The program had two C2 stations, one at USASMDC/ARSTRAT Headquarters in Huntsville, Alabama, and the other at USASMDC/ARSTRAT’s Battle Lab in Colorado Springs. The first demonstration consisted of simulated sensor data transmitted from one or both of the C2 stations. The tasking data and other data files were received by the satellite (as its ground track accesses Huntsville and/or Colorado Springs), stored on-board, and then transmitted to the C2 station(s) as directed.

On some orbits, the ground track covered both C2 stations, which are separated by 1,200 miles. A text message was transmitted from the first station in the ground track and quickly relayed to the second station. In some cases the ground track was first covered by Huntsville while, in others, Colorado Springs when the nanosat came into view first.

After the initial on-orbit checkout of the satellite by prime contractor (Miltec) and USASMDC/ARSTRAT personnel was completed, testing and experiments were conducted by the Space and Missile Defense Command Future Warfare Center’s Battle Lab. Both ground segments (Huntsville and Colorado Springs) were used in the checkout and experimentation phases.

SMDC-ONE was the first Army-developed satellite since Courier 1B in 1960. It has taught a new generation of Army engineers much about developing on-orbit technology for the tactical land warfighter, and is just the first in what will likely be a long line of new Army-developed nanos and microsatellites.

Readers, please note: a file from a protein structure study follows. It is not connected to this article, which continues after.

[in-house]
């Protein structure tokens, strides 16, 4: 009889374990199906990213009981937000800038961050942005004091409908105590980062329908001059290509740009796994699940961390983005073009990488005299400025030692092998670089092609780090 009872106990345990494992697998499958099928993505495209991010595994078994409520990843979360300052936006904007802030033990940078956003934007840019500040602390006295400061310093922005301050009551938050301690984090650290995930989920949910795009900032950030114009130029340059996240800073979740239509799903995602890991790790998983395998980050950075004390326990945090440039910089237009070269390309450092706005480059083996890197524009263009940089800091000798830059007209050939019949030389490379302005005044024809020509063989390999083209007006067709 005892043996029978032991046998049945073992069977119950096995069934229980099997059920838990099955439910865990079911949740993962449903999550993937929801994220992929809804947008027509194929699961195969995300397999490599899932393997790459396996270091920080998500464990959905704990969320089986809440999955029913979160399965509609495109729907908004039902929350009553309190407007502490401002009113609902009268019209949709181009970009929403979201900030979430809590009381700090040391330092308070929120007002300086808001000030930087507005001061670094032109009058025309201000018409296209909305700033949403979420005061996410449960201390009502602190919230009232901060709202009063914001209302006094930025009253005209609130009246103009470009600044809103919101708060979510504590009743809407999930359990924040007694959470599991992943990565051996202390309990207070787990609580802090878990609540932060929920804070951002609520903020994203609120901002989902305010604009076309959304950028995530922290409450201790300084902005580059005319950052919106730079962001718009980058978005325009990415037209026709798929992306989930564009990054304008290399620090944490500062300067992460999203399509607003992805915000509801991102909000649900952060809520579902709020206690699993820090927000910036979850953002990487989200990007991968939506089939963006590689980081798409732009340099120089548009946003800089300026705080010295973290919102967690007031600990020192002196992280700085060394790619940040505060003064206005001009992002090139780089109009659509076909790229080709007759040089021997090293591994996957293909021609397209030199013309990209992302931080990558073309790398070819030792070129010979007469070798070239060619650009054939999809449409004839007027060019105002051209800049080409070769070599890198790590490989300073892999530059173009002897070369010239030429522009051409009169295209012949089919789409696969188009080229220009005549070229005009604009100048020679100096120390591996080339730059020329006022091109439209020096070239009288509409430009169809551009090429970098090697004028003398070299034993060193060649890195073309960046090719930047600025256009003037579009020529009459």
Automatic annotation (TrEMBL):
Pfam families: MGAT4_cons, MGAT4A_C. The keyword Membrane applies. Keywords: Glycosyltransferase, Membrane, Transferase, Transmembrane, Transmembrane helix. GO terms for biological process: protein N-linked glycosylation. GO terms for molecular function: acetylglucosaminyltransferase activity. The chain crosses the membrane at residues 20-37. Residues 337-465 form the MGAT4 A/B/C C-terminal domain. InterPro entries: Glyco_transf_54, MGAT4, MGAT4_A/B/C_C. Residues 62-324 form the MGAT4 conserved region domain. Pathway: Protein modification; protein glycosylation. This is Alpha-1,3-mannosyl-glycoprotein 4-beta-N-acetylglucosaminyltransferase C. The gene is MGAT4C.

The unmanned aerial vehicle revolution is putting on-demand imagery into the hands of tactical land warfighters. Warfighter-tasked electro-optical imagery from orbiting small microsatellites could complement unmanned aerial vehicles and even substitute for them in denied areas. USASMDC/ARSTRAT is developing the 14-kilogram Kestrel Eye electro-optical imagery satellite as a technology demonstration to show how the tactical land warfighter can task a dedicated small microsatellite to take and download multiple 1.5 meter resolution images within the single-digit-minute time span of a single overhead pass.

USASMDC/ARSTRAT is also developing the NanoEye imagery microsatellite, which will have a propulsion system enabling it to lower its orbit to enhance image resolution and then fly back up to its normal orbital altitude. Another Army microsatellite effort is the Small Agile Tactical Satellite study, which is investigating the possibility of frame-based video from space.

Kestrel Eye
The USASMDC/ARSTRAT is developing the Kestrel Eye technology demonstration as an electro-optical near nanosatellite-class imagery satellite that will be tasked by the tactical ground component warfighter. Weighing only about 14 kilograms, and capable of producing 1.5 meter resolution imagery, Kestrel Eye’s data will be downlinked directly to the same warfighter via a data relay network that is also accessible by other warfighters in theater without any continental United States (CONUS) relay or data filtering. At the low-cost of only about $1M per spacecraft in a production mode, the intent is to demonstrate a tactical space-based imagery small microsatellite that could be proliferated in large numbers to provide a persistent capability to ground forces. Each satellite would have an operational life of greater than one year in low Earth orbit.